Blogging with Parkinson's

A personal perspective on Young Onset Parkinson's

Telegraph article: Richard Collins on Hill Walking and Parkinson’s


It seems that I’m not the only Young Onset Parkinsonian drawn to the hills. Richard Collins, former teacher, novelist, and, regrettably, fellow-traveller on the long distance Parkinson route, also finds hill walking enjoyable and beneficial. It must be a combination of the fresh air, the exercise, the exhilarating scenery and, not least, the sense of achievement – something that is really worth seeking out when your personal horizons seem to be closing in on you with a diagnosis of Parkinson’s.

But enough of my waffle. Read the article:

“Parkinson’s disease left me with a mountain to climb”,
Richard Collins, published in The Telegraph on 21 November 2011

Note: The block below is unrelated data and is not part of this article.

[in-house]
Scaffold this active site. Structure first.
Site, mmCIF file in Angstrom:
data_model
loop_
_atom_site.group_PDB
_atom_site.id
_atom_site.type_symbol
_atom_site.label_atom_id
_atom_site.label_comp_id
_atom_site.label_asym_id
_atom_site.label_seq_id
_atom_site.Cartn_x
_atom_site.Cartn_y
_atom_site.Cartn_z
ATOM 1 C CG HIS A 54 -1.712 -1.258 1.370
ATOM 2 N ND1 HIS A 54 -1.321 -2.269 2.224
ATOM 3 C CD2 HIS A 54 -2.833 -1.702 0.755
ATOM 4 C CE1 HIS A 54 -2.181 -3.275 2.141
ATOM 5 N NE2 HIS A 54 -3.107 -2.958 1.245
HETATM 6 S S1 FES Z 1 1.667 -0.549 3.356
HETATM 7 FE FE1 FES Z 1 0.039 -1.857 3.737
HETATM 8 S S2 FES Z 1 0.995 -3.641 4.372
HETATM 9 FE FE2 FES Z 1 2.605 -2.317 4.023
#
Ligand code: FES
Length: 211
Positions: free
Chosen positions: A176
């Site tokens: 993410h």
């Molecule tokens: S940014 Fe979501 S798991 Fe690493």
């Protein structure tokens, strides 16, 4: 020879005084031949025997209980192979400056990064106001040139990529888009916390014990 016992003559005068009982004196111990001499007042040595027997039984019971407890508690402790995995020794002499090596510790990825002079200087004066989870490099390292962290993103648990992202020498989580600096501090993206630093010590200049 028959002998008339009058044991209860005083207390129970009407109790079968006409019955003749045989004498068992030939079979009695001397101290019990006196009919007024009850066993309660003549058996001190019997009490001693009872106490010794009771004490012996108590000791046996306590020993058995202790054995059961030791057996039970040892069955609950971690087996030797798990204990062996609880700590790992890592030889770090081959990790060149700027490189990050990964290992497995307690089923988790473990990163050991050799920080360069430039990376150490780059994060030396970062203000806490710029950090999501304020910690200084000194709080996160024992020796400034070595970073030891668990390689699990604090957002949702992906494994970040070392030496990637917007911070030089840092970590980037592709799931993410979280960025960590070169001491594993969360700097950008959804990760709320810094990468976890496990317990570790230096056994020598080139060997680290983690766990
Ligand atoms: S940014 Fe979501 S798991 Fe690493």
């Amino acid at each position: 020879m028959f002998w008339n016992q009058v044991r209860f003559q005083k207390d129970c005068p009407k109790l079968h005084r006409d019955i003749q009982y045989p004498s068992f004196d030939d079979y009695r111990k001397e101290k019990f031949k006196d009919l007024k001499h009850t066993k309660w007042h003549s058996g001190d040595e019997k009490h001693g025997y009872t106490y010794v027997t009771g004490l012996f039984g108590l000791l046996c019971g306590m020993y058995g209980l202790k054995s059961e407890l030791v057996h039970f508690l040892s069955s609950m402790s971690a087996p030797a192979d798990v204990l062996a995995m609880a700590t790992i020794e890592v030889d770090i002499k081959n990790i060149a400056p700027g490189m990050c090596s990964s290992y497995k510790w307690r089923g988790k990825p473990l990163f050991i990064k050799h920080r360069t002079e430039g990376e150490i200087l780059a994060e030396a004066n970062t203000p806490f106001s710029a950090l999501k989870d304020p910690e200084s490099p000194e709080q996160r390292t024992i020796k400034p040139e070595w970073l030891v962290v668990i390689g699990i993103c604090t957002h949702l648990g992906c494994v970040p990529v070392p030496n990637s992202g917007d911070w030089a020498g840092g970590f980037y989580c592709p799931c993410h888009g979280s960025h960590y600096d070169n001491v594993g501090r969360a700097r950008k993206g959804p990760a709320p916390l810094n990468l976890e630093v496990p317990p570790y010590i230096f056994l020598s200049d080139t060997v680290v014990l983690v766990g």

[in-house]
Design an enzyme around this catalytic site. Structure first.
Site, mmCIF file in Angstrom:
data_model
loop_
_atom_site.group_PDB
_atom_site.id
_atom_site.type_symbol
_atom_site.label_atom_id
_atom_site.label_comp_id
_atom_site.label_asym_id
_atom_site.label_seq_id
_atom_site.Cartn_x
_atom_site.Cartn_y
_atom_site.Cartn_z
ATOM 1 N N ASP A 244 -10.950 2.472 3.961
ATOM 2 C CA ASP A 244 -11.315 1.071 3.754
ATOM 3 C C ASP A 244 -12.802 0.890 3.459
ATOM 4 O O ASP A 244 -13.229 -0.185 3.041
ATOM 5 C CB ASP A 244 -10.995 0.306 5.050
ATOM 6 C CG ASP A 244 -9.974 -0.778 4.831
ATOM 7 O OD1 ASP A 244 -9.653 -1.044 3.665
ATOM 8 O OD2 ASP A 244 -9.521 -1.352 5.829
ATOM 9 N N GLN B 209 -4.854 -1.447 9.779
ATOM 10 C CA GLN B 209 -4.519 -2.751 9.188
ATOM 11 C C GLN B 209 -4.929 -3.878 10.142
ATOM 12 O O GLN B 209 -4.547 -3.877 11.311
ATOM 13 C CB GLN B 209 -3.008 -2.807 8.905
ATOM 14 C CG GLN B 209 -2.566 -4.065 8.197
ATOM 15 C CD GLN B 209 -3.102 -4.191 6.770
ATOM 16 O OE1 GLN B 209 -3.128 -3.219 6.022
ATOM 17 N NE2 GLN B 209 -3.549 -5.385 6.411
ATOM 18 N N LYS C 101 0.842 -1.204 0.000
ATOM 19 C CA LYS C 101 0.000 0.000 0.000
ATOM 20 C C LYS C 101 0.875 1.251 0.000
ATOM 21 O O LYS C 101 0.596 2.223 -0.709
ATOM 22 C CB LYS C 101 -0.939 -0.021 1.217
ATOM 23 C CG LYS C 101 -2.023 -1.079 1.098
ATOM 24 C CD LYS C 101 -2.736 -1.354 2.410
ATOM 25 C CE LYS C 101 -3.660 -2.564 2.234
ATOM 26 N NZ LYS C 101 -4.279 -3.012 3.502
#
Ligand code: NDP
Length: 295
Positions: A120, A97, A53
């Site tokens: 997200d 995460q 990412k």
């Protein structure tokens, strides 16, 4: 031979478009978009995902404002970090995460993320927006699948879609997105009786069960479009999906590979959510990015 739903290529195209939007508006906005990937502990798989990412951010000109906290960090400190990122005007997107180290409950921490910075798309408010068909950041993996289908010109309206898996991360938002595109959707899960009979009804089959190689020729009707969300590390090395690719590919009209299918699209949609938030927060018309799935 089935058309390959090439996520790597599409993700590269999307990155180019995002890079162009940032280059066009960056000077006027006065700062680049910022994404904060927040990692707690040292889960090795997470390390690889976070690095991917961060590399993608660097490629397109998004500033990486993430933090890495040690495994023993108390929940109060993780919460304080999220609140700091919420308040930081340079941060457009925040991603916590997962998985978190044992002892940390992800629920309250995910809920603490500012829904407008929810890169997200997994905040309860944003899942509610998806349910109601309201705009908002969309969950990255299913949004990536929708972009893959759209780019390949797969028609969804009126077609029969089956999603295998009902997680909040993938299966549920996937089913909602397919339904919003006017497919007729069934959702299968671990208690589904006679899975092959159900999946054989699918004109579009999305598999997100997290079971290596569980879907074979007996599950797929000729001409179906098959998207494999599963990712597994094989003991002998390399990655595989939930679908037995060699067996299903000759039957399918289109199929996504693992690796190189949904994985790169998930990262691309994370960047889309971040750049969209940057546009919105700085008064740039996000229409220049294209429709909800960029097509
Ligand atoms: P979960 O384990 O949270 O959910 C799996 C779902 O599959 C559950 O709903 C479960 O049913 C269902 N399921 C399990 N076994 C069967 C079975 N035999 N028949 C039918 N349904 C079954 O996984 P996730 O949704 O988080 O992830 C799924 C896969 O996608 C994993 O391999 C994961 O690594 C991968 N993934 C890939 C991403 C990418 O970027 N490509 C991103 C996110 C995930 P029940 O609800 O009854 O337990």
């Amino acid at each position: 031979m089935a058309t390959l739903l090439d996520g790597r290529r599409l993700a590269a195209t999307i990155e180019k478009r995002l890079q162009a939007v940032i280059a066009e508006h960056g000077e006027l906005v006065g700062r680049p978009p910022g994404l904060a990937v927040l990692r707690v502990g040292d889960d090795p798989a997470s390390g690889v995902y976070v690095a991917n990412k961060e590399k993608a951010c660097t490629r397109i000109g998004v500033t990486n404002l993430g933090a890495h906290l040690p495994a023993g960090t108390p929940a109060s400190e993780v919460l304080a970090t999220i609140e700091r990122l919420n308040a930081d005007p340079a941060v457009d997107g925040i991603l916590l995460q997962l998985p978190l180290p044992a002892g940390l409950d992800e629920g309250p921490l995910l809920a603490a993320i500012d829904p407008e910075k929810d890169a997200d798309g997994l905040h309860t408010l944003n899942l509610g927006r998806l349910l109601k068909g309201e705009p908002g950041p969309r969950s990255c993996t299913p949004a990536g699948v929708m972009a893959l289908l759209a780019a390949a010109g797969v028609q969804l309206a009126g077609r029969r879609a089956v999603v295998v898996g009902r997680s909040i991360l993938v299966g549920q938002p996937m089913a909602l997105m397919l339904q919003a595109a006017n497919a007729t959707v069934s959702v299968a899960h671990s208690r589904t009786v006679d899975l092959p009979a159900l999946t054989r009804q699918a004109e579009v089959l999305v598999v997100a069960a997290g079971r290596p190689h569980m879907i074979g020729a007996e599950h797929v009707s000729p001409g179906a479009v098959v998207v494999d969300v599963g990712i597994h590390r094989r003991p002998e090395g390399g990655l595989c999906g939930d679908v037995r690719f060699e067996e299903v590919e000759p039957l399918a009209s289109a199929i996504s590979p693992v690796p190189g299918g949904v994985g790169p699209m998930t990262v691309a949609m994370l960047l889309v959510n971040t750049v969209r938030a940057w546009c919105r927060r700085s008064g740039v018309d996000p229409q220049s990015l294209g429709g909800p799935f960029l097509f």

And, while you’re at it, check out his novels:


4 thoughts on “Telegraph article: Richard Collins on Hill Walking and Parkinson’s

  1. Thanks for the link. I am newly diagnosed with Parkinson’s and at this point walking is extremely difficult for me. I have tendinitis in my right leg maybe not related to the PD, very bothersome and it has been resistant to treatment. But I enjoyed the mental walk in your blog!

  2. I’m sorry to hear that, Jeanie. Have you been prescribed any medication yet? As far as I am aware, tendinitis is muscular and not usually cited as a symptom of Parkinson’s. I hope that it eases soon and restores some of your mobility.

  3. I am taking Azelect and am sort of afraid of the other meds. I want to start simvastatin soon. I have to pay $330 US each month for the Azelect as it is not covered in my plan, Ugh. Thanks for taking time to write to me! j

  4. I’ve not come across simvastatin before. Wikipedia suggests that it is “used to control elevated cholesterol” – which doesn’t sound as if it is directly related to Parkinson’s.

    Fortunately, Azilect, or rasagiline, is available on the NHS – which means that I pay a flat prescription fee – although I understand that it depends on which area you are in, because it is expensive. So is my ropinirole, which is so far not causing any adverse effects (nor any discernible positive ones yet).

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